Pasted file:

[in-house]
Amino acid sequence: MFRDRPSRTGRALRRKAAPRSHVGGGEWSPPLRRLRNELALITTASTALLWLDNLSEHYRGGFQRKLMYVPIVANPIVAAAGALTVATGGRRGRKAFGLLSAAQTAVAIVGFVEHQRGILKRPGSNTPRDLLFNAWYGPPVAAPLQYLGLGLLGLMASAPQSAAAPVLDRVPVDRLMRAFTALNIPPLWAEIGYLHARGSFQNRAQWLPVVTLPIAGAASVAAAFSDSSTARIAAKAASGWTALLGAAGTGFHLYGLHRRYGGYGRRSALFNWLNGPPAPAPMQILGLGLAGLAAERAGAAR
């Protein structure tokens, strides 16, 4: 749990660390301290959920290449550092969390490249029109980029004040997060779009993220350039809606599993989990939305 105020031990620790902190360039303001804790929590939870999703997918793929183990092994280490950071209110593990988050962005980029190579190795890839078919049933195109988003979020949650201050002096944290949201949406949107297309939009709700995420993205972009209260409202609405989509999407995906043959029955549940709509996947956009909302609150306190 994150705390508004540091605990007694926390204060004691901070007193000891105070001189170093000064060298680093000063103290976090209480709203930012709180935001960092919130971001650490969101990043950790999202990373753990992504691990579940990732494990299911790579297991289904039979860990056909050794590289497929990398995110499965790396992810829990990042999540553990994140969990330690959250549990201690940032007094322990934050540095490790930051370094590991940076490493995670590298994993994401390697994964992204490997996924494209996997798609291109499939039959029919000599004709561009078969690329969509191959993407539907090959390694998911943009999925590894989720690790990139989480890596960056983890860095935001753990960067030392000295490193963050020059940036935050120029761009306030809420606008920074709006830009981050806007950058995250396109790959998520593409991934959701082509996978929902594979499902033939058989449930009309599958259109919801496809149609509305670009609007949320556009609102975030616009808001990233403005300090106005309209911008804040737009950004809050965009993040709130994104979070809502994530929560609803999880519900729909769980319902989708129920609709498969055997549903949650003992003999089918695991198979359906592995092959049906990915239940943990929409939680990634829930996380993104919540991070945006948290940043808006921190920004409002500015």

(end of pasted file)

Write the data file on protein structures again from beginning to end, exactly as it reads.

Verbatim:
[in-house]
Amino acid sequence: MFRDRPSRTGRALRRKAAPRSHVGGGEWSPPLRRLRNELALITTASTALLWLDNLSEHYRGGFQRKLMYVPIVANPIVAAAGALTVATGGRRGRKAFGLLSAAQTAVAIVGFVEHQRGILKRPGSNTPRDLLFNAWYGPPVAAPLQYLGLGLLGLMASAPQSAAAPVLDRVPVDRLMRAFTALNIPPLWAEIGYLHARGSFQNRAQWLPVVTLPIAGAASVAAAFSDSSTARIAAKAASGWTALLGAAGTGFHLYGLHRRYGGYGRRSALFNWLNGPPAPAPMQILGLGLAGLAAERAGAAR
């Protein structure tokens, strides 16, 4: 749990660390301290959920290449550092969390490249029109980029004040997060779009993220350039809606599993989990939305 105020031990620790902190360039303001804790929590939870999703997918793929183990092994280490950071209110593990988050962005980029190579190795890839078919049933195109988003979020949650201050002096944290949201949406949107297309939009709700995420993205972009209260409202609405989509999407995906043959029955549940709509996947956009909302609150306190 994150705390508004540091605990007694926390204060004691901070007193000891105070001189170093000064060298680093000063103290976090209480709203930012709180935001960092919130971001650490969101990043950790999202990373753990992504691990579940990732494990299911790579297991289904039979860990056909050794590289497929990398995110499965790396992810829990990042999540553990994140969990330690959250549990201690940032007094322990934050540095490790930051370094590991940076490493995670590298994993994401390697994964992204490997996924494209996997798609291109499939039959029919000599004709561009078969690329969509191959993407539907090959390694998911943009999925590894989720690790990139989480890596960056983890860095935001753990960067030392000295490193963050020059940036935050120029761009306030809420606008920074709006830009981050806007950058995250396109790959998520593409991934959701082509996978929902594979499902033939058989449930009309599958259109919801496809149609509305670009609007949320556009609102975030616009808001990233403005300090106005309209911008804040737009950004809050965009993040709130994104979070809502994530929560609803999880519900729909769980319902989708129920609709498969055997549903949650003992003999089918695991198979359906592995092959049906990915239940943990929409939680990634829930996380993104919540991070945006948290940043808006921190920004409002500015």